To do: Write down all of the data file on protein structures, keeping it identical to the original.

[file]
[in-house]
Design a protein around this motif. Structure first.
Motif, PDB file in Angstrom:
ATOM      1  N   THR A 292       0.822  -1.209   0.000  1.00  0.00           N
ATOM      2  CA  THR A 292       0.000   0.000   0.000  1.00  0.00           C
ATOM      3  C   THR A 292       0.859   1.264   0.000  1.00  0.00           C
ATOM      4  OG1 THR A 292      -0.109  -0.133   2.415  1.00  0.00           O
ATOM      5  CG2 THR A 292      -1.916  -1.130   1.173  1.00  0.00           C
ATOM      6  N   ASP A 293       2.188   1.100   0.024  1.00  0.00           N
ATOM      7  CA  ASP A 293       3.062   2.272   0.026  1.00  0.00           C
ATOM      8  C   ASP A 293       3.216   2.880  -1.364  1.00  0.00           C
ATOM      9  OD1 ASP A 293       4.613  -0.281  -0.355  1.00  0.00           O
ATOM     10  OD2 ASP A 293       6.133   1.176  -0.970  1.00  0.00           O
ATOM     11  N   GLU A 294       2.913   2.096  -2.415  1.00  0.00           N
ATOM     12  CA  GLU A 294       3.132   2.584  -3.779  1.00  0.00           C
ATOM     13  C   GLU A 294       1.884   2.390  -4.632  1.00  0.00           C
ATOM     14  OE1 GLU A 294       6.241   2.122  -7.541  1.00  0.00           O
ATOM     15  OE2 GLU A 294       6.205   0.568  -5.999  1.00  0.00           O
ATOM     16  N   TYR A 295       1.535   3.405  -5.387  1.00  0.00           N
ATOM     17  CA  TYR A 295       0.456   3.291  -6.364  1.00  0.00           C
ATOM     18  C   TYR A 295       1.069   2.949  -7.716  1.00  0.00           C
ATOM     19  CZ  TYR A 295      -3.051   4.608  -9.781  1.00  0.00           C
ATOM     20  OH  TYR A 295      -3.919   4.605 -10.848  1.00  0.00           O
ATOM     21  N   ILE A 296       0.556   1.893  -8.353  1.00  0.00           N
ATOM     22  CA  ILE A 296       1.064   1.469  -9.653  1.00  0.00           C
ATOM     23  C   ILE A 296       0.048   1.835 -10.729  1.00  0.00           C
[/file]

[in-house]
Design a protein around this motif. Structure first.
Motif, PDB file in Angstrom:
ATOM      1  N   THR A 292       0.822  -1.209   0.000  1.00  0.00           N
ATOM      2  CA  THR A 292       0.000   0.000   0.000  1.00  0.00           C
ATOM      3  C   THR A 292       0.859   1.264   0.000  1.00  0.00           C
ATOM      4  OG1 THR A 292      -0.109  -0.133   2.415  1.00  0.00           O
ATOM      5  CG2 THR A 292      -1.916  -1.130   1.173  1.00  0.00           C
ATOM      6  N   ASP A 293       2.188   1.100   0.024  1.00  0.00           N
ATOM      7  CA  ASP A 293       3.062   2.272   0.026  1.00  0.00           C
ATOM      8  C   ASP A 293       3.216   2.880  -1.364  1.00  0.00           C
ATOM      9  OD1 ASP A 293       4.613  -0.281  -0.355  1.00  0.00           O
ATOM     10  OD2 ASP A 293       6.133   1.176  -0.970  1.00  0.00           O
ATOM     11  N   GLU A 294       2.913   2.096  -2.415  1.00  0.00           N
ATOM     12  CA  GLU A 294       3.132   2.584  -3.779  1.00  0.00           C
ATOM     13  C   GLU A 294       1.884   2.390  -4.632  1.00  0.00           C
ATOM     14  OE1 GLU A 294       6.241   2.122  -7.541  1.00  0.00           O
ATOM     15  OE2 GLU A 294       6.205   0.568  -5.999  1.00  0.00           O
ATOM     16  N   TYR A 295       1.535   3.405  -5.387  1.00  0.00           N
ATOM     17  CA  TYR A 295       0.456   3.291  -6.364  1.00  0.00           C
ATOM     18  C   TYR A 295       1.069   2.949  -7.716  1.00  0.00           C
ATOM     19  CZ  TYR A 295      -3.051   4.608  -9.781  1.00  0.00           C
ATOM     20  OH  TYR A 295      -3.919   4.605 -10.848  1.00  0.00           O
ATOM     21  N   ILE A 296       0.556   1.893  -8.353  1.00  0.00           N
ATOM     22  CA  ILE A 296       1.064   1.469  -9.653  1.00  0.00           C
ATOM     23  C   ILE A 296       0.048   1.835 -10.729  1.00  0.00           C